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Find out more about the St. Mary's Church

Marienkirche
Marienkirche (Dortmund) (2).JPG
LocationDortmund, North Rhine-Westphalia
CountryGermany
DenominationLutheran
Websitewww.st-marien-dortmund.de
Architecture
Architectural typehall church
StyleGothic
Administration
ParishSt. Mary's Congregation, Dortmund
SynodChurch of Westphalia

Marienkirche (St. Mary's Church) is a church in Dortmund, North Rhine-Westphalia state, Germany, located in the inner city. Since the Reformation, it has been a Lutheran parish church of St. Marien. The church was destroyed in World War II, but rebuilt. It also serves as a concert venue for sacred music.

The church was built on the Hellweg, opposite of the Reinoldikirche, for the town's council and jurisdiction. It shows elements of Romanesque and Gothic architecture, and houses notable Medieval art, such as the Marienaltar (de) by Conrad von Soest and the Berswordtaltar (de).

History

The church was built on the Hellweg, a main Medieval road connecting the free imperial town Dortmund with others. It was erected between 1170 and 1200 in Romanesque style[1] to serve the town's council and jurisdiction.[2] It is the oldest extant church in Dortmund's inner city.[3] Around 1350, a choir in Gothic architecture was built.[1] It served as a model for the Reinoldikirche, which was built opposite of the road.[3]

The central panel of the Berswordtaltar, showing the Crucifixion with the Swoon of Mary
The church on a postcard, ca. 1870
Marienaltar in the choir

The Marienkirche houses notable Medieval art, such as the Berswordtaltar (de) from 1385, named after its patron, and the Marienaltar (de) by Conrad von Soest from 1420, with scenes of the life of Mary.[1][4][5] The central panel of the Berswordt-Altar dating from 1397 depicts the Swoon of the Virgin, an imagery which gradually disappeared from paintings of the Crucifixion after Molanus and other theologians of the Counter-Reformation condemned its use.[6] The Marienaltar now contains only fragments of von Soest's original masterpiece. In 1720 a new reredos was installed, and workmen took hammers and saws to the paintings to make them fit into the new frames, losing over half of the large central panel and a quarter of each of the two side panels.[7][8]

Since the Reformation, it has been a Lutheran parish church of St. Marien. The church was almost completely destroyed by bombs in World War II.[3] However, both the Marienaltar and the Berswordtaltar had been evacuated to the Cappenberg Castle at the outset of the war and thus survived.[9] The church was rebuilt, beginning right after the war and completed in 1959.[1] The swallow's nest organ high above the nave, was reconstructed in the same position by Steinmann Orgelbau. The glass windows were restored in subdued colours after designs of Johannes Schreiter, completed in 1972.[3] The church serves as a concert venue for sacred music.[2][5]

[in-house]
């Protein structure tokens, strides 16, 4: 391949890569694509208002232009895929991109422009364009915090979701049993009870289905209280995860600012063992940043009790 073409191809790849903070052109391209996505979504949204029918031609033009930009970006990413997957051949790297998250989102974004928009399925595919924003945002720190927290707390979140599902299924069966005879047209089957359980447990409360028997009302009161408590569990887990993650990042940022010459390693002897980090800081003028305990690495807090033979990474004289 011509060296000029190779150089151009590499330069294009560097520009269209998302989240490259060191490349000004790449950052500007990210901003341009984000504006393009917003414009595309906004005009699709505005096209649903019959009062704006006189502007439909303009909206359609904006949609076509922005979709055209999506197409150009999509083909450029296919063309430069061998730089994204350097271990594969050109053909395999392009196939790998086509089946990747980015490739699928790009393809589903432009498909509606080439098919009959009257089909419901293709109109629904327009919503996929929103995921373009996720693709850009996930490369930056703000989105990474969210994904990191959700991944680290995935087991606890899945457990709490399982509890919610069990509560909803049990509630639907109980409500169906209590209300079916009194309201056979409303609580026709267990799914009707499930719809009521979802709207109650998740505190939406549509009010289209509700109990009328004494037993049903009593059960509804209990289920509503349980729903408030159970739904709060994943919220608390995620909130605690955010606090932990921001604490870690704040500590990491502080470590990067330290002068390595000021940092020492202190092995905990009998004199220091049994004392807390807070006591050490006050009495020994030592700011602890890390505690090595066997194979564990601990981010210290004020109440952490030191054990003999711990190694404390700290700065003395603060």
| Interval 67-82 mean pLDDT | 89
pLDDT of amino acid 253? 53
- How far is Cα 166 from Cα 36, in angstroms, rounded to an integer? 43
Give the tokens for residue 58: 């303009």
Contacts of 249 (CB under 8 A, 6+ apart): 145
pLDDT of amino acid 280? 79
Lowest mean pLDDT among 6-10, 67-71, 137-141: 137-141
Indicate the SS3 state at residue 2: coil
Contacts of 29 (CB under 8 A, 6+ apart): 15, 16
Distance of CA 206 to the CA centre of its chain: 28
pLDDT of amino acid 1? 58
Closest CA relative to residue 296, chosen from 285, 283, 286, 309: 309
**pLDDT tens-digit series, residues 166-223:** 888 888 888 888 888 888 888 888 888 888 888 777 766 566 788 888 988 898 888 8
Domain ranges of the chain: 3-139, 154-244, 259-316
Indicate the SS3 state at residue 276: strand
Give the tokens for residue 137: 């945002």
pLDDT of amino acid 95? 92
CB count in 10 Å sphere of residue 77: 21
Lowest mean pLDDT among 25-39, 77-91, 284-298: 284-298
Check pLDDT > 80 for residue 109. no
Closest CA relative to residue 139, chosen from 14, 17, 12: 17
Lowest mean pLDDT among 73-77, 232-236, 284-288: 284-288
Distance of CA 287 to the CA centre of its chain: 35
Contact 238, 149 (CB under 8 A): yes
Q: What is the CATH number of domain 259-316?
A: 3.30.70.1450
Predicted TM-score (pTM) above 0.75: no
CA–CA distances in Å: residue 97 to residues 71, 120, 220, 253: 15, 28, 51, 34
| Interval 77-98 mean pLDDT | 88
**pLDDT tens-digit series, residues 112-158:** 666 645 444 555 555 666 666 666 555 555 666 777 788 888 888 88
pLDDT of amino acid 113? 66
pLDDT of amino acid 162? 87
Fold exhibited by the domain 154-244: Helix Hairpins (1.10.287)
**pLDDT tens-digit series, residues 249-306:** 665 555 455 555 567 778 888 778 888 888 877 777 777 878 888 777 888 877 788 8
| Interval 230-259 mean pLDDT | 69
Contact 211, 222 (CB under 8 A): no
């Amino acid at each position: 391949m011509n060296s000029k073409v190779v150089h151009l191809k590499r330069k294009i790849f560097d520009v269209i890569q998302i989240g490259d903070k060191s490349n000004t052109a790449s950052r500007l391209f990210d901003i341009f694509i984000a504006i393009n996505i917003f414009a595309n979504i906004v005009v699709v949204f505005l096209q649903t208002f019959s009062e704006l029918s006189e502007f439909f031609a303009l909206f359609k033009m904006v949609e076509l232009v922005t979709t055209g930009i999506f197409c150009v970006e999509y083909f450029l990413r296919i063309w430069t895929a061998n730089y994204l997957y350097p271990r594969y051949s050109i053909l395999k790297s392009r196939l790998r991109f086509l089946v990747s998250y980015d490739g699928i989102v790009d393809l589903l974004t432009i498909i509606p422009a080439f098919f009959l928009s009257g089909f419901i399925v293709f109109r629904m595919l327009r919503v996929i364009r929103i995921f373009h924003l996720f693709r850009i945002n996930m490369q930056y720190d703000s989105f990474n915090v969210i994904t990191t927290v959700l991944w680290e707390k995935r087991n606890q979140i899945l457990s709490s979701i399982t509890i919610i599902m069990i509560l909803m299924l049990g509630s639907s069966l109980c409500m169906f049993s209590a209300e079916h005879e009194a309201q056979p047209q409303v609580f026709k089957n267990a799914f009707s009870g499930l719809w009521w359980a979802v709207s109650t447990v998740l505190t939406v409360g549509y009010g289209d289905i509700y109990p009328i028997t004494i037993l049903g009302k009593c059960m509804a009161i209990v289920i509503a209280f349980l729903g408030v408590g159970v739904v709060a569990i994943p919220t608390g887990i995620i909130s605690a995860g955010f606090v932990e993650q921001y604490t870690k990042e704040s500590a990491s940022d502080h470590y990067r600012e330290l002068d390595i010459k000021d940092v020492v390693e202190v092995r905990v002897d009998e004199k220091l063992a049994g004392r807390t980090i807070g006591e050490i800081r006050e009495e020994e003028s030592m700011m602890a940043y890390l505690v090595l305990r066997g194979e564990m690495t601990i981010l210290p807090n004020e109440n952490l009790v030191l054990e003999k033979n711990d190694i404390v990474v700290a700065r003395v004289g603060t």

Literature

  • Klaus Lange: Capella Regis. Zum Bauprogramm der Dortmunder Marienkirche. in: Beiträge zur Geschichte Dortmunds und der Grafschaft Mark. 83/84, 1992/1993
  • Konrad Lorenz: Die Ev. St. Marienkirche zu Dortmund. Mariengemeinde, Dortmund 1981
  • Albert Ludorff: Die Bau- und Kunstdenkmäler des Kreises Dortmund-Stadt. Münster 1894.
  • Gustav Luntowski: Günther Högl, Thomas Schilp, Norbert Reimann, Geschichte der Stadt Dortmund., Stadtarchiv Dortmund, Dortmund (Harenberg) 1994, ISBN 3-611-00397-2
  • Götz J. Pfeiffer: Die Malerei am Niederrhein und in Westfalen um 1400. Der Meister des Berswordt-Retabels und der Stilwandel der Zeit, Petersberg, 2009, Dissertation. Berlin, 2005
  • Götz J. Pfeiffer: "... noch vorzüglicher wie die zwei weiblichen Heiligen ...". Werke vom Meister des Berswordt-Retabels mit dem Wildunger Retabel im Vergleich. In: Geschichtsblätter für Waldeck, 96, 2008, p. 10–31
  • Wolfgang Rinke: Dortmunder Kirchen des Mittelalters, St. Reinoldi, St. Marien, St. Johannes Bapt. Propstei, St. Petri. Dortmund 1991, ISBN 3-7932-5032-6
  • Thomas Schilp und Barbara Welzel (Hg.): Die Marienkirche in Dortmund. Bielefeld (Verlag für Regionalgeschichte) 2012, ISBN 978-3-89534-943-0

References

  1. ^ a b c d "Marienkirche" (in German). Dortmund. Retrieved 30 January 2016. 
  2. ^ a b "Marienkirche" (in German). klangvokal-dortmund.de. Retrieved 30 January 2016. 
  3. ^ a b c d "Ev. Stadtkirche St. Marien" (in German). Protestant Church Dortmund. Retrieved 30 January 2016. 
  4. ^ "Nr. A 0968." (PDF). Denkmalliste der Stadt Dortmund (in German). Denkmalbehörde der Stadt Dortmund. dortmund.de – Das Dortmunder Stadtportal. 14 April 2014. Retrieved 12 June 2014. 
  5. ^ a b Winterfeld, Luise von (15 May 2008). Die Marienkirche im Wandel der Zeiten (in German). pp. 23, 30–41. ISBN 978-0-231-13381-4. 
  6. ^ Jones, Tom Devonshire; Murray, Linda; Murray, Peter (2013). The Oxford Dictionary of Christian Art and Architecture, p. 589. Oxford University Press. ISBN 0199680272
  7. ^ Parent, Thomas (2000). Das Ruhrgebiet: vom "goldenen" Mittelalter zur Industriekultur, p. 179. DuMont Reiseverlag. ISBN 3770131592 (in German)
  8. ^ Charles, Victoria and Carl, Klaus (2014). Gothic Art, p. 101. Parkstone International. ISBN 1783103248
  9. ^ Corley, Brigitte (1996). Conrad von Soest: Painter Among Merchant Princes. p. 220. Harvey Miller Publishers. ISBN 1872501583
source: https://en.wikipedia.org/wiki/Marienkirche,_Dortmund

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